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I don't mean "let your production systems spool up to point where you're maxing out a single machine" - that would be exceedingly silly.

I mean "when you've proven that the application you've written can fully, or near fully utilise the available power on a single machine, and that when running production-grade workloads, actually does so, then you may scale to additional machines.

What this means is not getting a 9-node spark cluster to push a few hundred gb of data from S3 to a database because "it took too long to run in python" because it's a single threaded, non-async, non-performance tuned.




And what about redundancy in case of node failure?


> I mean "when you've proven that the application you've written can fully, or near fully utilise the available power on a single machine, and that when running production-grade workloads, actually does so, then you may scale to additional machines

How is that any different? You just backed off a tiny amount by saying “fully or near fully” - you still shouldn’t burden a single host to “fully or near Fully” because:

It puts more strain on the hardware and will cause it to fail a LOT faster

There’s no redundancy so when the system fails you’ll probably need hours or maybe days to replace physical hardware, restore from backup, verify restore integrity, and resume operations - which after all this work, will only put you in the same position again, waiting for the next failure

Single node systems make it difficult to canary deploy because a runaway bug can blow a node out - and you only have one.

Workload patterns are rarely a linear steam of homogenous tiny events - a large memory allocation from a big query, or an unanticipated table scan, or any 5th percentile type difficult task can cause so much system contention on a single node that your operations effectively stop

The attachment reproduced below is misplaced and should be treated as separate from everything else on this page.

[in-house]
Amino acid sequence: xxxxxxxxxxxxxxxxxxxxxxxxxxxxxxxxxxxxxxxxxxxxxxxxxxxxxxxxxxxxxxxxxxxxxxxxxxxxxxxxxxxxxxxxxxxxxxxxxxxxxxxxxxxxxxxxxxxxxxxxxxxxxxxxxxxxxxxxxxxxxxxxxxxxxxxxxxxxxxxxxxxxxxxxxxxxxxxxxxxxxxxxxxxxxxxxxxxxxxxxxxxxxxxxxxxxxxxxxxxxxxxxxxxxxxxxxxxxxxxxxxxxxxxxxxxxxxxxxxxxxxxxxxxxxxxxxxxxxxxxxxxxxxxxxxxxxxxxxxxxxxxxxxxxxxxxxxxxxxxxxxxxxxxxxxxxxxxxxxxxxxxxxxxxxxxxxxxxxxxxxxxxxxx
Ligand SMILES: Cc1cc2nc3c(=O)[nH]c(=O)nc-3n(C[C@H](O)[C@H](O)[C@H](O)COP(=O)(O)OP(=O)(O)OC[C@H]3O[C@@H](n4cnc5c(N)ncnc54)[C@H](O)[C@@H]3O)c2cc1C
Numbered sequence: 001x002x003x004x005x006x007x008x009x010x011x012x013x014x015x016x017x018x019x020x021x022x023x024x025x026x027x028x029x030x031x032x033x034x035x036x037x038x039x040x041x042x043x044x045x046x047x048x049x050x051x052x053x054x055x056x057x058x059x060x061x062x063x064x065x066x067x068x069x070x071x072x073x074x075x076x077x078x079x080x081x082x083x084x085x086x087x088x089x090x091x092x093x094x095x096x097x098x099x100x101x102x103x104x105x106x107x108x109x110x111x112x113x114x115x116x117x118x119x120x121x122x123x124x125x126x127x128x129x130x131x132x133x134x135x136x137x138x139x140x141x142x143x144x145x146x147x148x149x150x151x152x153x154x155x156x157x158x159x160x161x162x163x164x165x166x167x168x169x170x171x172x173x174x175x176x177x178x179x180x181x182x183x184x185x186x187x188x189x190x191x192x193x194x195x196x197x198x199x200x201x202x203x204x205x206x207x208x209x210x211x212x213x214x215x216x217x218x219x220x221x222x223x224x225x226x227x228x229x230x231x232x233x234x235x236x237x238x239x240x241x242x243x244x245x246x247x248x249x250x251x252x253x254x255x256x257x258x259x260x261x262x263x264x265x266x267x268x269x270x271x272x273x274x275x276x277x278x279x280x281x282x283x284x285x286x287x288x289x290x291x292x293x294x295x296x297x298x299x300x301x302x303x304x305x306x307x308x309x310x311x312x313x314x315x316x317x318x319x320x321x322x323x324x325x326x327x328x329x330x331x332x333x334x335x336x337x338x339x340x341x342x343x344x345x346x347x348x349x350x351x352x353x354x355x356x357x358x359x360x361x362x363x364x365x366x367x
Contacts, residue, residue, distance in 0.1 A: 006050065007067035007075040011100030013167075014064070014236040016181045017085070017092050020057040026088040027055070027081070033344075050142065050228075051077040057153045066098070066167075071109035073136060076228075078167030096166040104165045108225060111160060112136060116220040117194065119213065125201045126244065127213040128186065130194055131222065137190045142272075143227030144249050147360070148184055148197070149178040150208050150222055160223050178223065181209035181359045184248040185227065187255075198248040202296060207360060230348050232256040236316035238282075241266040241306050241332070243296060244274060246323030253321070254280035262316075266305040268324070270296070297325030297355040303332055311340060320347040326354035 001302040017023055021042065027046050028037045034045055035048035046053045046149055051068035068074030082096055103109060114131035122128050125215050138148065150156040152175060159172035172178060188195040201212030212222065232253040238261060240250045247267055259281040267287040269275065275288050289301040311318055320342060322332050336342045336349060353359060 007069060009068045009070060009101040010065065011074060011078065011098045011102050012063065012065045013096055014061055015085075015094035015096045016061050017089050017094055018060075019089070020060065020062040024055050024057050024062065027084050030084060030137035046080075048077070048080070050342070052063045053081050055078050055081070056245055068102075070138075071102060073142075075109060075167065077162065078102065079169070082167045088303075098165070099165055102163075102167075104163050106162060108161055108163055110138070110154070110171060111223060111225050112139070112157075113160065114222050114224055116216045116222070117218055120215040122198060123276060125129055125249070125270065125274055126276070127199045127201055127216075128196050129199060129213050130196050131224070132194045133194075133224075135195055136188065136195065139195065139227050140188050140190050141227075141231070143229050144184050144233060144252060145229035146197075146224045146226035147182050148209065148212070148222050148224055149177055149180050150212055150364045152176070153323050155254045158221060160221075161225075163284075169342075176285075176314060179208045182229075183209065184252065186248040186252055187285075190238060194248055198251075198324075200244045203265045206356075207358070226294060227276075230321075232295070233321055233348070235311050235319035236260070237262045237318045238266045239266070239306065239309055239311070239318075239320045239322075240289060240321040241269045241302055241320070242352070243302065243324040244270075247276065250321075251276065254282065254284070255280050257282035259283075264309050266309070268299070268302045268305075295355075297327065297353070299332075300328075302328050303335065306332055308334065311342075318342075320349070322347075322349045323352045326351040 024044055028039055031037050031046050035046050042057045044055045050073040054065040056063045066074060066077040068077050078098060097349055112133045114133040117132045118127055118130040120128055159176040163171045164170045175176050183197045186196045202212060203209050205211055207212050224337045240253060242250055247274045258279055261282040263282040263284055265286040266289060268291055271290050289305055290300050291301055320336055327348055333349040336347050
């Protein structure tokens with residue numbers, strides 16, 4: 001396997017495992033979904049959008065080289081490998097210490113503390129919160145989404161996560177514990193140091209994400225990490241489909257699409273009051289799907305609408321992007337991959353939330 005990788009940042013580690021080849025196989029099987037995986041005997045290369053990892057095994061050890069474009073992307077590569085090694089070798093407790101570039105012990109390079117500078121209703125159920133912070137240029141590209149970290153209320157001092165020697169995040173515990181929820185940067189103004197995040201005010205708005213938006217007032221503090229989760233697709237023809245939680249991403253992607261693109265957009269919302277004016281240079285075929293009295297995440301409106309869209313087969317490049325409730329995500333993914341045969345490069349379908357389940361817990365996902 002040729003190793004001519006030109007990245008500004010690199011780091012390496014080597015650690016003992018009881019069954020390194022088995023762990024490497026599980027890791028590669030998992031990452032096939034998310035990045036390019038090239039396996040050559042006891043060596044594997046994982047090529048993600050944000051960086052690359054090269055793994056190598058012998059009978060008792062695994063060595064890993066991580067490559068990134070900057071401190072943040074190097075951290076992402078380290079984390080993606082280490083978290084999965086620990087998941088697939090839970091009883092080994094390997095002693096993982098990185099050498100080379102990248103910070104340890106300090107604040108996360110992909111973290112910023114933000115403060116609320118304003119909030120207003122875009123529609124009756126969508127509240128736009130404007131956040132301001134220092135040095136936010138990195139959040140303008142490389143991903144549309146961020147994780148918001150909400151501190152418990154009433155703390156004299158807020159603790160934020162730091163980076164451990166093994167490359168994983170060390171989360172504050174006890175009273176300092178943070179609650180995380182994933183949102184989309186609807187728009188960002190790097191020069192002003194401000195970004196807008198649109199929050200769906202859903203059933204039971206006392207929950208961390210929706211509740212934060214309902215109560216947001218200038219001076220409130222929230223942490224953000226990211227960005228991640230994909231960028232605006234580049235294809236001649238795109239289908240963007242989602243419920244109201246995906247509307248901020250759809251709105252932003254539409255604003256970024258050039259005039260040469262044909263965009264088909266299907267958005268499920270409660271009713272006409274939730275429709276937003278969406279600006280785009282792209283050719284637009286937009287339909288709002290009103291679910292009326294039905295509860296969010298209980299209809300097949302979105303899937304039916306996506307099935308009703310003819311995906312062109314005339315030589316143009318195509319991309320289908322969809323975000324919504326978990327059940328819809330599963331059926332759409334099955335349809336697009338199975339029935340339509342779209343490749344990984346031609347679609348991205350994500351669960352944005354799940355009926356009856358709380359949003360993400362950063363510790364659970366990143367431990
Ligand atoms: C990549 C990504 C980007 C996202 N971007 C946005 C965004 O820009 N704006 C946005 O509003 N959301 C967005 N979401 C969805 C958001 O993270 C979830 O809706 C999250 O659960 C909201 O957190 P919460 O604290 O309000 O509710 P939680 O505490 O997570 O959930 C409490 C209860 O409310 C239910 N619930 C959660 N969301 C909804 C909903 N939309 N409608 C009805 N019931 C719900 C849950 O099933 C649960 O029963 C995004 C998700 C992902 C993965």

What about edge cases in kernels and network drivers - many times we have had frozen kernel modules, zombie processes, deadlocks and do on, again, with only one node something as trivial as a reboot means halting operations.

There’s just so many reasons a single node is a bad idea, I’m having trouble listing them


> How is that any different? You just backed off a tiny amount by saying “fully or near fully” - you still shouldn’t burden a single host to “fully or near Fully”

You're missing the word "can". It's a very important part of that sentence.

If your software can't even use 80% of one node, it has scaling problems that you need to address ASAP, and probably before throwing more nodes at it.

> It puts more strain on the hardware and will cause it to fail a LOT faster

Unless you're hammering an SSD, how does that happen? CPU and RAM should be at a pretty stable amount of watts anywhere from 'moderate' load and up, which doesn't strain anything or overheat.

> redundancy

Sure.


Fail over?

I’m not against redundancy/HA in production systems, I’m opposing clusters of machines to perform data workloads that could more efficiently handled by single machines. Also note here that I’m talking about data science and machine learning workloads, where node failure simply means the job isn’t marked as done, a replacement machine gets provisioned and we resume/restart.

I’m not suggesting running your web servers and main databases on a single machine.




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